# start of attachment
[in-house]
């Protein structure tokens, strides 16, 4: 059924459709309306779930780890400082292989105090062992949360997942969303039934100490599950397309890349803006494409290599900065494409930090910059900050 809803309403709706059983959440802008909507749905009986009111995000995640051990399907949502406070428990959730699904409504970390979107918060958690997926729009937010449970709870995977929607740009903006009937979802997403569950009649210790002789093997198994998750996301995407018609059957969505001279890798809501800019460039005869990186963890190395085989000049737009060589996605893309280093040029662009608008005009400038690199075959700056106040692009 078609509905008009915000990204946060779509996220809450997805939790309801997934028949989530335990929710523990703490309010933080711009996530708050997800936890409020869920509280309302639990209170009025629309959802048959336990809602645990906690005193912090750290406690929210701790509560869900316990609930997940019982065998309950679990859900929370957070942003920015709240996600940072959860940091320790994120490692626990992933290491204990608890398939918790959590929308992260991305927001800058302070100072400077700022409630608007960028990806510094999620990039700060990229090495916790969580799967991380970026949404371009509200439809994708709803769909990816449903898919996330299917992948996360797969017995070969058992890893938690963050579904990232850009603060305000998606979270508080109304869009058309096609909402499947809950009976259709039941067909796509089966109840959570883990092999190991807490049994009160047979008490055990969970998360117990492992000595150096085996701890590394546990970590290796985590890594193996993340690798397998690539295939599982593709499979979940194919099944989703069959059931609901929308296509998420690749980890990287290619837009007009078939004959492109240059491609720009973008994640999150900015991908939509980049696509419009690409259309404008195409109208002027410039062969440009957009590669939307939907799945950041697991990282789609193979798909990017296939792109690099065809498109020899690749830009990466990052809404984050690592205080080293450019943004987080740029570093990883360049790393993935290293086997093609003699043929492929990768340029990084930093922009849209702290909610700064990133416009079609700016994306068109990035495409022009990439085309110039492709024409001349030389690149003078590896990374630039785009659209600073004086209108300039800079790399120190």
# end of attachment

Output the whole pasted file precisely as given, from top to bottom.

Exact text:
[in-house]
């Protein structure tokens, strides 16, 4: 059924459709309306779930780890400082292989105090062992949360997942969303039934100490599950397309890349803006494409290599900065494409930090910059900050 809803309403709706059983959440802008909507749905009986009111995000995640051990399907949502406070428990959730699904409504970390979107918060958690997926729009937010449970709870995977929607740009903006009937979802997403569950009649210790002789093997198994998750996301995407018609059957969505001279890798809501800019460039005869990186963890190395085989000049737009060589996605893309280093040029662009608008005009400038690199075959700056106040692009 078609509905008009915000990204946060779509996220809450997805939790309801997934028949989530335990929710523990703490309010933080711009996530708050997800936890409020869920509280309302639990209170009025629309959802048959336990809602645990906690005193912090750290406690929210701790509560869900316990609930997940019982065998309950679990859900929370957070942003920015709240996600940072959860940091320790994120490692626990992933290491204990608890398939918790959590929308992260991305927001800058302070100072400077700022409630608007960028990806510094999620990039700060990229090495916790969580799967991380970026949404371009509200439809994708709803769909990816449903898919996330299917992948996360797969017995070969058992890893938690963050579904990232850009603060305000998606979270508080109304869009058309096609909402499947809950009976259709039941067909796509089966109840959570883990092999190991807490049994009160047979008490055990969970998360117990492992000595150096085996701890590394546990970590290796985590890594193996993340690798397998690539295939599982593709499979979940194919099944989703069959059931609901929308296509998420690749980890990287290619837009007009078939004959492109240059491609720009973008994640999150900015991908939509980049696509419009690409259309404008195409109208002027410039062969440009957009590669939307939907799945950041697991990282789609193979798909990017296939792109690099065809498109020899690749830009990466990052809404984050690592205080080293450019943004987080740029570093990883360049790393993935290293086997093609003699043929492929990768340029990084930093922009849209702290909610700064990133416009079609700016994306068109990035495409022009990439085309110039492709024409001349030389690149003078590896990374630039785009659209600073004086209108300039800079790399120190």